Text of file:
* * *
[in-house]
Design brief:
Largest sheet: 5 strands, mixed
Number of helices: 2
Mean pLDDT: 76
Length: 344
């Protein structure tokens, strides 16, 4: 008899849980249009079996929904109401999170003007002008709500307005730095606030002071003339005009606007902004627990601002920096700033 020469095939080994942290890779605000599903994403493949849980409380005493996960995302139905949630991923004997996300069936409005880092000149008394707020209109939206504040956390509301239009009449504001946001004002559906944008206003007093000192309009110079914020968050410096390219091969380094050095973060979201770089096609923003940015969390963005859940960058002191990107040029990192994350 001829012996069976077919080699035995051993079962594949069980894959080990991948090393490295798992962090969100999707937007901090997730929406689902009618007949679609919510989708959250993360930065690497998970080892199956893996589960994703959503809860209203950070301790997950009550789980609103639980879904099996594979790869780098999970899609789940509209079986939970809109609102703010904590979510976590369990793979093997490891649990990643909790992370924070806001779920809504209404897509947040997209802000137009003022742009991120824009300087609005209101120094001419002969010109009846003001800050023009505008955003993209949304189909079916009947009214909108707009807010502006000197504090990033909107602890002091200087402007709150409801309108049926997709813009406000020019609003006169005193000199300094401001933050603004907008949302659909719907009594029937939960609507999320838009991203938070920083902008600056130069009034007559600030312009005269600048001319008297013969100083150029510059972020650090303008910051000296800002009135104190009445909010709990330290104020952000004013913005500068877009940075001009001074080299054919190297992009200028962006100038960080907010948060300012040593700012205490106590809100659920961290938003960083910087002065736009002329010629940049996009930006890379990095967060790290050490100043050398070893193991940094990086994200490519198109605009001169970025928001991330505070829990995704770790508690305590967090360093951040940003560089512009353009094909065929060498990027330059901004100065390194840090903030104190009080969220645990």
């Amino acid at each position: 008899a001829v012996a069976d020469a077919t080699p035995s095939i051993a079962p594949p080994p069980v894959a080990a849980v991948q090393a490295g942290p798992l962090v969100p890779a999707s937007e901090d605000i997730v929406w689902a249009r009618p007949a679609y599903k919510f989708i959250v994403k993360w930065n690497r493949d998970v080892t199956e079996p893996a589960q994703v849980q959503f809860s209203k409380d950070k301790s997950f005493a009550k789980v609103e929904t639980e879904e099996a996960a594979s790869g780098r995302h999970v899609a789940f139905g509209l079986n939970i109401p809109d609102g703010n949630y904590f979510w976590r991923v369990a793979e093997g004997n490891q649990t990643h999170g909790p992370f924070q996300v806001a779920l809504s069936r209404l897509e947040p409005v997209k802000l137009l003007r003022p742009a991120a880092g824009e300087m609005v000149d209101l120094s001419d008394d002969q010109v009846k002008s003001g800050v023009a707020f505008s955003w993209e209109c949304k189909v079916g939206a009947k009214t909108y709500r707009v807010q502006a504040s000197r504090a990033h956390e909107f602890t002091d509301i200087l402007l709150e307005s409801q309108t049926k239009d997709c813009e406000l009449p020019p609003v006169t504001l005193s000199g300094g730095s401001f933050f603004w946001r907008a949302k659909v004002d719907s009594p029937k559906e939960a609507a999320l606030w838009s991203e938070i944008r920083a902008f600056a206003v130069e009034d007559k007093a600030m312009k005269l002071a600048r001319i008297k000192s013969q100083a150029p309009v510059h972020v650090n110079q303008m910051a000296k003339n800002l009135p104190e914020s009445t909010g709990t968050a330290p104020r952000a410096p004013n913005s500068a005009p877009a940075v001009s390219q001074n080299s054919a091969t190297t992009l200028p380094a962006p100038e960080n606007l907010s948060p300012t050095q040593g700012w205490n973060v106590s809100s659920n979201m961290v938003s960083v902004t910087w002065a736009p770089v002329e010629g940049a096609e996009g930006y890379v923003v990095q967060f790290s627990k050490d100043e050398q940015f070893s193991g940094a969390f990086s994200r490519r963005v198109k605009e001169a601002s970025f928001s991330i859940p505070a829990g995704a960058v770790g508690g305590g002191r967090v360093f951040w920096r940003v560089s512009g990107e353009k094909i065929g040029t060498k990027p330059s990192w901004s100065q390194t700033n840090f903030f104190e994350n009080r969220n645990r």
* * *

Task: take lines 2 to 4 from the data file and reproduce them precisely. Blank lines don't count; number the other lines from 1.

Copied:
Design brief:
Largest sheet: 5 strands, mixed
Number of helices: 2